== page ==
They couldn't have alerted anyone about it because they didn't put the software on the devices. It would be like alerting people that Sense 3.0 is laggy. You're dumb.

posted on 10 Dec 2011, 05:44

11. ardent1 (Posts: 1997; Member since: 16 Apr 2011)


How about the comment was dumb.

posted on 09 Dec 2011, 17:59 3

4. ojdidit84 (Posts: 408; Member since: 16 Jul 2011)


Especially when the iPhone 4 was one of the phones reported to have CIQ installed. It has nothing to do with Google or with the platform being open source because iOS certainly isn't open source.

posted on 09 Dec 2011, 20:58 1

5. robinrisk (unregistered)


actually, i believe he´s a windows phone fanboi. Which strangely is a lot sadder than being a sheep with an "i" in front.

posted on 13 Dec 2011, 06:34

16. GJanee (Posts: 214; Member since: 29 Jun 2011)


and what's the reasoning behind your stupid and ignorant comment?

posted on 09 Dec 2011, 22:50 3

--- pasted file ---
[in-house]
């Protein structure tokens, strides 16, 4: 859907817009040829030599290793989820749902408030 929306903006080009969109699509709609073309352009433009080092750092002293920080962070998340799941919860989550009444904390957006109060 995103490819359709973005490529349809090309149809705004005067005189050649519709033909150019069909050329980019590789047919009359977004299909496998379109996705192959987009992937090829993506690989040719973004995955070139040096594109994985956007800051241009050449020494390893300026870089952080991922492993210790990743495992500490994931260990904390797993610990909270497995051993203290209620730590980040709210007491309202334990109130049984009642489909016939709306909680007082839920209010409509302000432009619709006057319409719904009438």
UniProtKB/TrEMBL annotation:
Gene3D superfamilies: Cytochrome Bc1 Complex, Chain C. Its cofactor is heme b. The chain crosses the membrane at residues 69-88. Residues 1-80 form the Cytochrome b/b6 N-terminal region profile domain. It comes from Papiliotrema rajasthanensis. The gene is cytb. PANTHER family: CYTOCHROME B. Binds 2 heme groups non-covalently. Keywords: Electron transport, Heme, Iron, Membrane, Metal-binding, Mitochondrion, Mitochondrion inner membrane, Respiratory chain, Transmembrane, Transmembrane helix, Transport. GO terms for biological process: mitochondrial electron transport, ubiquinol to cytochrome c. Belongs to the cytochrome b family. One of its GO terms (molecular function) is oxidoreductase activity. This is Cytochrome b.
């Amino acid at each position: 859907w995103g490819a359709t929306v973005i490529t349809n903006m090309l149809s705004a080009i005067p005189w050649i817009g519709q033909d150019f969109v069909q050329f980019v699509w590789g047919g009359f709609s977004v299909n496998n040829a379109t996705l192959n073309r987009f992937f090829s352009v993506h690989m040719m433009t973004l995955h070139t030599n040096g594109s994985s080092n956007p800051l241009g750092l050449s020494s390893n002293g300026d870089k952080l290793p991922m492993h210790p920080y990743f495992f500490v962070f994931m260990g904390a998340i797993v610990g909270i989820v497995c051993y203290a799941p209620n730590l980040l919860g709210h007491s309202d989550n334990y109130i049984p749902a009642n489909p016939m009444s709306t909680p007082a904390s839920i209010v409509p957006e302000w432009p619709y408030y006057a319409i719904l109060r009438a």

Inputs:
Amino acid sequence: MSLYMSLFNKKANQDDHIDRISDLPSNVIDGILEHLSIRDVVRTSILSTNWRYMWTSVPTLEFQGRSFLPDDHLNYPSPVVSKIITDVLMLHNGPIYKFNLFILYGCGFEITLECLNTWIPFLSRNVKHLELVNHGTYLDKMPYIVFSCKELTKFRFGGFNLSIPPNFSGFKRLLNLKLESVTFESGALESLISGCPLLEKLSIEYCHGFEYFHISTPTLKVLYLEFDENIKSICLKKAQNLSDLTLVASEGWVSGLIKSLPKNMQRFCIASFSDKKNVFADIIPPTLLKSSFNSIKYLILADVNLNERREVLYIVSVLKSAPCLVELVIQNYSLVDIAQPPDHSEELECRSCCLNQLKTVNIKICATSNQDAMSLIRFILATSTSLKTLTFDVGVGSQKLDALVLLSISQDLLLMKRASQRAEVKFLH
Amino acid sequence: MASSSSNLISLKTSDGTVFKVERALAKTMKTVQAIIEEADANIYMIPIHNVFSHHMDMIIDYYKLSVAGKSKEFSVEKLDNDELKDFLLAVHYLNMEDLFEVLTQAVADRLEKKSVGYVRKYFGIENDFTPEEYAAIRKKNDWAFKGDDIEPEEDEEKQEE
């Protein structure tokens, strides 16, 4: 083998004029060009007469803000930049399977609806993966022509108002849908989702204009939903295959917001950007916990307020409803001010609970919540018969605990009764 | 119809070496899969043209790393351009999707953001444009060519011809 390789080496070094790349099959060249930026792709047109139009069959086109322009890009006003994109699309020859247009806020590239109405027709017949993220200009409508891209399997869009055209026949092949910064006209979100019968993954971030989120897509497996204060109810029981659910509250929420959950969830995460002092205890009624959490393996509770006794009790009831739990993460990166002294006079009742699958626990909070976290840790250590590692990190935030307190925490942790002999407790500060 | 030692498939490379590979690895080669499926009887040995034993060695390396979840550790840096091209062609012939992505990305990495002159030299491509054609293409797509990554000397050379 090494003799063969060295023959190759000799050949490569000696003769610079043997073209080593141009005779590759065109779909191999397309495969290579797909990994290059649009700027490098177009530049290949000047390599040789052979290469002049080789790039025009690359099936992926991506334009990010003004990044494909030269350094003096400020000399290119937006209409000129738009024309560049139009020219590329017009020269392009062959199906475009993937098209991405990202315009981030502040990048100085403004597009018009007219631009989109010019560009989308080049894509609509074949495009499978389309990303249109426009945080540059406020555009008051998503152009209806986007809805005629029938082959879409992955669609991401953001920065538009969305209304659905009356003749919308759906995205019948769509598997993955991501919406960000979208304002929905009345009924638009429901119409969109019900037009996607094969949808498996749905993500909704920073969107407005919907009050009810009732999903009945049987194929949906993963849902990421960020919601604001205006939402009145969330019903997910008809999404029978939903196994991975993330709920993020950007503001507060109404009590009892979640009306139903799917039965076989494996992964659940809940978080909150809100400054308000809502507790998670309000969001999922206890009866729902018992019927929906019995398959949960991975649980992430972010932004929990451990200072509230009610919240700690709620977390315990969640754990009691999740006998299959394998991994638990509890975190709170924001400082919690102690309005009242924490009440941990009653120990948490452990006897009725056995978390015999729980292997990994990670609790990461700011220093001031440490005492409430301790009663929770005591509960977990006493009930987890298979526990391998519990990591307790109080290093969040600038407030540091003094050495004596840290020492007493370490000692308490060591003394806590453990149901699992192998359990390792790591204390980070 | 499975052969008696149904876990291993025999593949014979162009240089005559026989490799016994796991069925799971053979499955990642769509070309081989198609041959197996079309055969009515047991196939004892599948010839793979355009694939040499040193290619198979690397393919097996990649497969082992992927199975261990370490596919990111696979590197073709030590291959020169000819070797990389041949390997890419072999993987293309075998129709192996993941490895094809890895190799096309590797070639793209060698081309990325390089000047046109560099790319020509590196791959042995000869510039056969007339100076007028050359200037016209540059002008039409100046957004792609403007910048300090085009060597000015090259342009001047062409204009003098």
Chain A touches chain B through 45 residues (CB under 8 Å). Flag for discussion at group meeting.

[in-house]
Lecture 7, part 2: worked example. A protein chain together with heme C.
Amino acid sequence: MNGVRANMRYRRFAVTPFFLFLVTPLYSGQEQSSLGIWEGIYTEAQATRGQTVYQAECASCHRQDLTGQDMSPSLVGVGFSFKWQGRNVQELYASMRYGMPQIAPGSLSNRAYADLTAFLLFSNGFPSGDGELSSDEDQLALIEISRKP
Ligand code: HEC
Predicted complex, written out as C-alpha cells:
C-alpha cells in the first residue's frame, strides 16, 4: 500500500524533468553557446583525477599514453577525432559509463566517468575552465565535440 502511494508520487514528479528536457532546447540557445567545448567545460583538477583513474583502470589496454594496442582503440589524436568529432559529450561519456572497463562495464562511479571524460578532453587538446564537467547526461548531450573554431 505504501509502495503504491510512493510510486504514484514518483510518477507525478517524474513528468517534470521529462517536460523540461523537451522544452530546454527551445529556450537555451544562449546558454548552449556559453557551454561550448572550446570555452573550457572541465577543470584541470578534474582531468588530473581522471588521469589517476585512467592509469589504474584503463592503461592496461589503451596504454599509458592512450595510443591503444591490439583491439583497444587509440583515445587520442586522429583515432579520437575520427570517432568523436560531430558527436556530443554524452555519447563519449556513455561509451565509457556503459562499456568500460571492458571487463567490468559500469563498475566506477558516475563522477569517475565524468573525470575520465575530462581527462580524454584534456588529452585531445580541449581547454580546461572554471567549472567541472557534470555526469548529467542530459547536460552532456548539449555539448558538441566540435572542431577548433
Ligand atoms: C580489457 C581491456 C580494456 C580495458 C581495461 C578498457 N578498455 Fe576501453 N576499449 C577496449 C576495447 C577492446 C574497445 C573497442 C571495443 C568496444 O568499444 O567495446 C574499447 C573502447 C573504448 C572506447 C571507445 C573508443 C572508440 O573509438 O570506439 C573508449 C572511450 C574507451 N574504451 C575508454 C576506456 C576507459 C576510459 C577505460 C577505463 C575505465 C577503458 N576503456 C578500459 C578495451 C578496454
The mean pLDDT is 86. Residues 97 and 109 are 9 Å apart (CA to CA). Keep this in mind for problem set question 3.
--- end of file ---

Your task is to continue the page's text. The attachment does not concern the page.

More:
6. Sniggly (Posts: 7180; Member since: 05 Dec 2009)


iPhones and Blackberries have CarrierIQ too. What's worse, that CIQ gets put on devices running your software without your knowledge or approval because it's open source, or CIQ being put on devices with your software AND hardware WITH YOUR KNOWLEDGE AND SUPPORT because your software is NOT open source?

posted on 10 Dec 2011, 01:51

8. Kallistos (Posts: 24; Member since: 17 Oct 2011)


When you sign a contract with a wireless service provider (among other contracts) you agree to the terms and conditions. Admittedly, who reads 'em? I sure do not, my favorite part of software is the ability to scroll through it all without having to read it and select agree, and again, without actually reading it. Ahem.

I am sure you have read the reports of what Sprint actually does with the information provided by Carrier IQ, which is in no way heinous. While it certainly may not be with ones "knowledge" that Sprint monitors, evaluates or improves the services, systems, or networks by collecting information, it is with ones "consent" and "approval".